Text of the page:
1.2 The fossil plunder at Birk Knowes

To visit and collect fossils from Birk Knowes SSSI, permits were issued by the Lanark office of Scottish Natural Heritage (SNH) since the year 1992 (before 1992, permits were issued by the Nature Conservancy Council; the predecessor of SNH).

Despite a permit system in place, and a site warden and farmers to keep an eye out, this site was also visited by collectors without a permit. The most significant of these unauthorised collectors was Ernst Edinger; a gymnastics teacher from Leverkusen, Germany. His collecting at Birk Knowes started around 1980 and ended in 1995. Edinger usually visited the site alone, but was sometimes accompanied by an associate. He would camp below the house of the local farm, located a ½ kilometre from Birk Knowes.

Remarkably, the site warden was well aware of Edinger’s activities. In fact, they were friends and Edinger would occasionally stay at his house in the nearby town of Lesmahagow. The site warden went to great lengths to support Edinger. Being a trusted local as well as an authority on Birk Knowes, he convinced farmers that Edinger was a legitimate collector. This helped Edinger to collect unimpeded for many years.

A specimen removed by Edinger composed of no less than 7 broken pieces glued together. Most specimens from the Edinger collection were broken into bits due to his collecting method. Also note the rough saw marks to the right, which cut through a specimen of Dictyocaris sp.

To maximize gains Edinger had an efficient yet rather destructive way of working through the rocks. He would vertically crack slabs of siltstone into smaller bits and check the edges for a black line, which usually indicates the presence of a fossil. As such nearly all fossils he collected from Birk Knowes SSSI are broken fossils glued back together (see above example).

Throughout the years he collected many hundreds of specimens from this site, amassing a collection that dwarfed the combined Birk Knowes collections of all British museums.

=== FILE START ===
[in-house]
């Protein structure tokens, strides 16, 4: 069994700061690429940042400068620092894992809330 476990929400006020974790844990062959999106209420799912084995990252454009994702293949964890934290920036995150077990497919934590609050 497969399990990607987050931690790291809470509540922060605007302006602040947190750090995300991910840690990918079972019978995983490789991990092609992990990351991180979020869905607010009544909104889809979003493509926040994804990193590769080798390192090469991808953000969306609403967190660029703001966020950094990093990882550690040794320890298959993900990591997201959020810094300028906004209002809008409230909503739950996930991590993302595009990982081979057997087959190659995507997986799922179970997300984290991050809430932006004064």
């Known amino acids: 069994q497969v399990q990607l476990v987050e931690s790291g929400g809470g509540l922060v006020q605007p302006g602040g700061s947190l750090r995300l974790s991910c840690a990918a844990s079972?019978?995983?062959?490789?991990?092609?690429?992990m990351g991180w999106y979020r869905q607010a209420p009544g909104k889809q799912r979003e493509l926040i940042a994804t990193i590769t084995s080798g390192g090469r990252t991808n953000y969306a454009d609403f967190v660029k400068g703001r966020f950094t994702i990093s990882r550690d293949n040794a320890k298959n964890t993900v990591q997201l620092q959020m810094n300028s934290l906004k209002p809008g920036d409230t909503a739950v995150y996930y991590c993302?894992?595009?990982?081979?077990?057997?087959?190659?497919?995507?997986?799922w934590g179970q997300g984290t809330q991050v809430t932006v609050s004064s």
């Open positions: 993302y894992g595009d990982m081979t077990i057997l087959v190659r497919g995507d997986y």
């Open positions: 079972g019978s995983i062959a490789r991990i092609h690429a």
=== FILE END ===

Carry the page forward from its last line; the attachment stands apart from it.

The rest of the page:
Most damage to the site was done in 1994-1995. Edinger would fill his Volkswagen station car, return to Germany, and come back a week or so later. His intensive fossil collecting left a lot of debris and changed the face of the exposures.

Although SNH had already been receiving reports about illegal collecting activities from us, it was after they were informed by a museum that they started to act.

However, Scottish Natural Heritage did little more than visit the site and did not find evidence of large-scale fossil collecting (this would require before-and-after photographs and not one visit every couple of years). According to SNH, none of the farmers could recall finding unauthorised collectors on their land – hardly a surprise considering what the site warden had told them.

On the 21st of August 1995, through a tip from a local, SNH was informed about the arrival of Edinger. What transpired here will be explained later.

Shortly thereafter, around the 25th of August 1995 SNH closed Birk Knowes “provisionally” until a new management plan could be put in place. The closure was a direct result of the illegal collecting activities by Edinger.

Unfortunately, the closed status of the site only really negatively affected legitimate collectors. Closing a site to legal collectors in order to curtail illegal collecting is a paradox in itself. Furthermore, the closure was especially unnecessary because there was nothing wrong with the permit system. The problem was with the people managing the permits.

Next it will be explained how SNH failed in the protection of the site.

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